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He managed not to hit any of Reggie’s triggers? Amazing! Or has Reggie actually been thinking over some of what others have tried to teach him lately?

While this might save money and aggravation, it misses the point of education. Based on the fact that you are replying to Jackie’s post, I’m assuming you live in the united States. One of the primary purposes of education here is to create an informed populace capable of electing representatives thoughtfully. Your post seems to suggest that we would be better off with a system of education similar to that of Germany: based on aptitude, tracked, and with a substantial proportion of the students entering trade schools as early as grade 11. This is not an option for us though, because Germany’s government is structured differently from our own. In Germany, the populace elects the Bundestag, which elects most of the rest of the government aside from the Bundesrat which the people have no control over anyway. The Bundestag are all highly educated, so they presumably make thoughtful, informed choices. Although we have issues in the USA with elections, I think it’s fair to say that people have more input than that. This is not to say that Germany has a bad education or government system, just different. Therefore, it is crucial that every member of the populace be educated in many fields beyond reading and math so that they may make thoughtful, informed decisions about who they elect as their civil servants.
Tl;Dr: lack of balanced education is inimical to democracy.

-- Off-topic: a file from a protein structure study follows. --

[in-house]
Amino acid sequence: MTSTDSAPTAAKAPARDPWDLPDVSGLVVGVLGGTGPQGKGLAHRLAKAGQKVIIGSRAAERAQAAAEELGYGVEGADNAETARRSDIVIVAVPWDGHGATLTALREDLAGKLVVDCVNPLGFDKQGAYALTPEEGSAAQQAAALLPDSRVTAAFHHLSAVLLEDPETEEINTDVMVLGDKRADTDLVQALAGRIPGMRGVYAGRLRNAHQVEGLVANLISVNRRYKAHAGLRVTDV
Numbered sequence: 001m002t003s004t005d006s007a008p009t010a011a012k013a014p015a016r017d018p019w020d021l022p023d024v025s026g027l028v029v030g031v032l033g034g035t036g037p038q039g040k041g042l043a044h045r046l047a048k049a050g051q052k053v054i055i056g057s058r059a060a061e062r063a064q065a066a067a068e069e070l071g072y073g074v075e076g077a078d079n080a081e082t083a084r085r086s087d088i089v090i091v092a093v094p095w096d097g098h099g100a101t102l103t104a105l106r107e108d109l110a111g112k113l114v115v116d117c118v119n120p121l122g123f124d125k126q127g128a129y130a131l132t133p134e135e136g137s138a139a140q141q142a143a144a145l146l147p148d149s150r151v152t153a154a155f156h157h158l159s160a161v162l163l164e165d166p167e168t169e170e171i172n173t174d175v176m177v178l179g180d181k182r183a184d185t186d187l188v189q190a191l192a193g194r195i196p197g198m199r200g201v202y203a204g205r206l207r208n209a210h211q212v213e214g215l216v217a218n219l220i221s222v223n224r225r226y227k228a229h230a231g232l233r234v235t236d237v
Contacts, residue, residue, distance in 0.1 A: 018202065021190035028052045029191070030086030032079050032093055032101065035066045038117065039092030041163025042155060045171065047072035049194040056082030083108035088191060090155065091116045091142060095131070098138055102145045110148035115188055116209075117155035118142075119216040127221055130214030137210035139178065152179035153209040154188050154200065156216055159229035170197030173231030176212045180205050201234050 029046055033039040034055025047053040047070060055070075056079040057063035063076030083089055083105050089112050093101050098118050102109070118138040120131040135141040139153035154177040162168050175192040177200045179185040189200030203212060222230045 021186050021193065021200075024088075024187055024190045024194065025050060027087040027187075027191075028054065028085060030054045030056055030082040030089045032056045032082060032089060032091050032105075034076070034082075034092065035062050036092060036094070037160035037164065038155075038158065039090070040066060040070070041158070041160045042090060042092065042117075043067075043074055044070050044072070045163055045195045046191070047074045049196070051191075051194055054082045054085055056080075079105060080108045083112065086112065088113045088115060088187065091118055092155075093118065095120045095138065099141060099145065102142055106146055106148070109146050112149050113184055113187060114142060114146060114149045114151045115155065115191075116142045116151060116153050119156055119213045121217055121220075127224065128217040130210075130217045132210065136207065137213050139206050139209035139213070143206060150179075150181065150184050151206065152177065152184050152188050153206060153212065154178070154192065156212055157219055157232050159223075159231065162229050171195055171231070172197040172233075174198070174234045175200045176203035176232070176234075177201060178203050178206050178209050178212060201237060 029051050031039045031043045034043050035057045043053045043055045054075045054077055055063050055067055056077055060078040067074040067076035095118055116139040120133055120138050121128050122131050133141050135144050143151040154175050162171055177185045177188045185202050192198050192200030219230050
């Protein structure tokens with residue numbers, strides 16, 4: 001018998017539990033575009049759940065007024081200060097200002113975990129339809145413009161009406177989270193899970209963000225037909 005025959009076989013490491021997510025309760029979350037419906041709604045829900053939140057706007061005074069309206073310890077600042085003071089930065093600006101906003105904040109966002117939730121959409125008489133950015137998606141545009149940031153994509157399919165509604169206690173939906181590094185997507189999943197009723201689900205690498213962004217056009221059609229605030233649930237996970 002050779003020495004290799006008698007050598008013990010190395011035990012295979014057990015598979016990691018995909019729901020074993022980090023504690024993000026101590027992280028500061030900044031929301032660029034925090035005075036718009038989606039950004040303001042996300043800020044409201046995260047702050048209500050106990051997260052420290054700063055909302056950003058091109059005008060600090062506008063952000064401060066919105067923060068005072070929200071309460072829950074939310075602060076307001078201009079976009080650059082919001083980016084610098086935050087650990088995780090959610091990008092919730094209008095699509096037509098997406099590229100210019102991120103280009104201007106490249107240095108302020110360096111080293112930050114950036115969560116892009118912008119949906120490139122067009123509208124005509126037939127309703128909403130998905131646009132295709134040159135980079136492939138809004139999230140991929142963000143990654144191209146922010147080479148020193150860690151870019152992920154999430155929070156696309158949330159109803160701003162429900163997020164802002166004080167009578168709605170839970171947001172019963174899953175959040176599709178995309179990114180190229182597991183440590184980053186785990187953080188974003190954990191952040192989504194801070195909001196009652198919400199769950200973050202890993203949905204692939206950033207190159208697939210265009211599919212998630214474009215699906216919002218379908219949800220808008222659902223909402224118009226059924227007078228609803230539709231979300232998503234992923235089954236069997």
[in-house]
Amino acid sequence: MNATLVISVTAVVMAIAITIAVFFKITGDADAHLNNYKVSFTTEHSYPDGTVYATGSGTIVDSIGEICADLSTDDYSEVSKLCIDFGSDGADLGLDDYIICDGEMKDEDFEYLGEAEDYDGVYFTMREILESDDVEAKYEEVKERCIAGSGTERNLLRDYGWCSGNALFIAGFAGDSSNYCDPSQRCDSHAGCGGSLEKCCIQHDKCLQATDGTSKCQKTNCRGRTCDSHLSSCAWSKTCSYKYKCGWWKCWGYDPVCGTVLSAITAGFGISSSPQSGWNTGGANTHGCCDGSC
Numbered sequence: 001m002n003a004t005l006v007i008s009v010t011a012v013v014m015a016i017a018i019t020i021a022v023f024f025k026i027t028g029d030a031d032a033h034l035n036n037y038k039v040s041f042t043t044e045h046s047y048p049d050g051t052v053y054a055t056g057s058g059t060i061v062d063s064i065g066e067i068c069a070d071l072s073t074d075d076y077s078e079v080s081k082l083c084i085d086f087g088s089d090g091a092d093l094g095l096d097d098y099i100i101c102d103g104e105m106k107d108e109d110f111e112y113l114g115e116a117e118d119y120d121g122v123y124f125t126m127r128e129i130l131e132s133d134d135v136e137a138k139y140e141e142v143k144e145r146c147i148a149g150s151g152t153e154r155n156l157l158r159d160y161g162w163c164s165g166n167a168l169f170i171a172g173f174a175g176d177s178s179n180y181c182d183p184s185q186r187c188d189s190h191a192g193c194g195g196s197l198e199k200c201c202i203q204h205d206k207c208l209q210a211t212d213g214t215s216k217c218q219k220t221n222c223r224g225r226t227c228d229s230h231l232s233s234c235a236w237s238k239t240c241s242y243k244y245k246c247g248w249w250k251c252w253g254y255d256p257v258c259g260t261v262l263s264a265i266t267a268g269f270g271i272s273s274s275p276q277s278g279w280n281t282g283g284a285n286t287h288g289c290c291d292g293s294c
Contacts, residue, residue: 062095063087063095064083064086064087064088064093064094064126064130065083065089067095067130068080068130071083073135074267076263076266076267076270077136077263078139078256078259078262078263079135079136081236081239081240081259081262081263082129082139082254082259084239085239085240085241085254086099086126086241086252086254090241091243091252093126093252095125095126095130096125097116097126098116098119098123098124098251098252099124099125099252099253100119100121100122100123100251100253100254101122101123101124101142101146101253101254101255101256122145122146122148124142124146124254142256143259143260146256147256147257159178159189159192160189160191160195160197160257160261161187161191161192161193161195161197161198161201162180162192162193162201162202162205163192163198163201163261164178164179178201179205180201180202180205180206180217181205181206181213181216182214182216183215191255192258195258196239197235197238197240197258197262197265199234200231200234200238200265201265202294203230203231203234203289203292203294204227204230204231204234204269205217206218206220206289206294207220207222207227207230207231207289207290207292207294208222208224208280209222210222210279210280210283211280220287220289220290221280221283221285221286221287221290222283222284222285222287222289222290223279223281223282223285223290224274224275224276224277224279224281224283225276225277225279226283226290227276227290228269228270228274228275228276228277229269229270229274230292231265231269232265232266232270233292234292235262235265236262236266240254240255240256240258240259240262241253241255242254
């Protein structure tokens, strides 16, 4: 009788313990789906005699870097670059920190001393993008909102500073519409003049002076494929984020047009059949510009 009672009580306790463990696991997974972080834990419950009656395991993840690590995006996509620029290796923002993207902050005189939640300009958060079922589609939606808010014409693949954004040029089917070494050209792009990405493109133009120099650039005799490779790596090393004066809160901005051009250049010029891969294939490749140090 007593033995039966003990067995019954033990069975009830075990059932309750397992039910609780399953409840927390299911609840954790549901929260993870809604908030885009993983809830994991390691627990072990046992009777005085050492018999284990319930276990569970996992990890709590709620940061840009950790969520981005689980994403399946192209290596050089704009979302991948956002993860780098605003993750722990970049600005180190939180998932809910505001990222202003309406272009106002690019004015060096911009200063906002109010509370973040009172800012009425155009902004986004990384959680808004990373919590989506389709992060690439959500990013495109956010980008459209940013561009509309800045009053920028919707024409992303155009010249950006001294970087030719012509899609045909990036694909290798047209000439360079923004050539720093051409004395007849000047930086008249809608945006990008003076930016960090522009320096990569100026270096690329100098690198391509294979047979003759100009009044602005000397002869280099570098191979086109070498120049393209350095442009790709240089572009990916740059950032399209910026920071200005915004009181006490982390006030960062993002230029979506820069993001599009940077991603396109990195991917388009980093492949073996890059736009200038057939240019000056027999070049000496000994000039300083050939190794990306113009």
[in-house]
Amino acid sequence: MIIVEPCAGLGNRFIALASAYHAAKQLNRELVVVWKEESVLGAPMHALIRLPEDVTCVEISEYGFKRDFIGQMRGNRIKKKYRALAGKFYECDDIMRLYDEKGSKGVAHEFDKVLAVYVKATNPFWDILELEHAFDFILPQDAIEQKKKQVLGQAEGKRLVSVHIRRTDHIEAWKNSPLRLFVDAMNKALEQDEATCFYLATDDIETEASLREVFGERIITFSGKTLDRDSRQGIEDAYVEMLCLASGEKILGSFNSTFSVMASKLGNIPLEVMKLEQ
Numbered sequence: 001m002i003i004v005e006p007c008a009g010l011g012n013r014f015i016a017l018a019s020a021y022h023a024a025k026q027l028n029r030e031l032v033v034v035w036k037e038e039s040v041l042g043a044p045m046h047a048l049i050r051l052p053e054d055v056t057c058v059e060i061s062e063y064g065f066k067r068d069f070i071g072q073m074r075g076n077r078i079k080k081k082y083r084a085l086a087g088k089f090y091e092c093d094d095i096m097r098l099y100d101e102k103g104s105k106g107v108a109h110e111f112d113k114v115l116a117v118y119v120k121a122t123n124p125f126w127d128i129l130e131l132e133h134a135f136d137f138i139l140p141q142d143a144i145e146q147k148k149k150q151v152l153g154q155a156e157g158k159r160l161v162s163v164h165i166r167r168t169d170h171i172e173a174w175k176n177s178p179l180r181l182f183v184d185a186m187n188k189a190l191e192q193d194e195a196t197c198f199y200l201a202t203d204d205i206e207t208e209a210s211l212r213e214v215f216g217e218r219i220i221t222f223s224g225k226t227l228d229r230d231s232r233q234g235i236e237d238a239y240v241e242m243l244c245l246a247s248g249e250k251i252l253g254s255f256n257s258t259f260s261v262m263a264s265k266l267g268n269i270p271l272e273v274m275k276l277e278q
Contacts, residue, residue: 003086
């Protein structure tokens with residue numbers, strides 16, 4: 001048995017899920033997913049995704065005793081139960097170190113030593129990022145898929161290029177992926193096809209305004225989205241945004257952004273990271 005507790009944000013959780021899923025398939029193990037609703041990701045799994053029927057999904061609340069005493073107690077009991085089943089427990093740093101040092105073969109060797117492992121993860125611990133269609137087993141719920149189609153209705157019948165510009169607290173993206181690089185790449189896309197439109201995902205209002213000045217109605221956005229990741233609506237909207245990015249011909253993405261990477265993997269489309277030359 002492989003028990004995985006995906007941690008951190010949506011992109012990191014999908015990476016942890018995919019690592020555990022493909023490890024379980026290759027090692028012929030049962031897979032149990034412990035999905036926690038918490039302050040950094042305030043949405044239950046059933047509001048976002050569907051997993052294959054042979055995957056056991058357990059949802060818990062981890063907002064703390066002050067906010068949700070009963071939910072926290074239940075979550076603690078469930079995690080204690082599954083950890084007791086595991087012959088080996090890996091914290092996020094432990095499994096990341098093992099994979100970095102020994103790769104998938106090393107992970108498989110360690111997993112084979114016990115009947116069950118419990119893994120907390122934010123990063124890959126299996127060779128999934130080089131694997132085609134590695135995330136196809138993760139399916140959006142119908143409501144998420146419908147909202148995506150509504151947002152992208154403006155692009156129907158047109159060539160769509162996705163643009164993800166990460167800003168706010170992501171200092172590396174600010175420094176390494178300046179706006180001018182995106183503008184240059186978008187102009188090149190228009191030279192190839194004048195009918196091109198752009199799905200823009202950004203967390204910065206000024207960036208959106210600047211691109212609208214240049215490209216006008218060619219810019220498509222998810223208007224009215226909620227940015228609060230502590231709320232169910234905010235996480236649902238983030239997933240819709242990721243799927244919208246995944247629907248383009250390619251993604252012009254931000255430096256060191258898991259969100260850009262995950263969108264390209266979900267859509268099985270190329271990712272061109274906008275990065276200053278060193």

I actually wrote a much longer analysis initially but foolishly closed the browser window and lost it. If any concepts seem poorly reasoned or incomplete, please let me know, and I can elaborate further

The primary purpose of education here is to get you ready for work or college which is to get you ready to perform some more specialized form of work. I think it would be great to have a more varied educational experience but the high schools (least the ones I’ve been anywhere near) don’t seem to be up to the challenge so I thought maybe scaling them back to just making sure the children have enough education to be able to teach themselves or go to work if they have to and then they and or their parents can explore more subjects on their own if they so wish until or if they go to college might be something they COULD handle. This is more a sign of my lack of faith in the system than anything else. IF I didn’t also have a lack of faith in many parents I would suggest home schooling entirely, instead of just the more varied topics you mention, instead.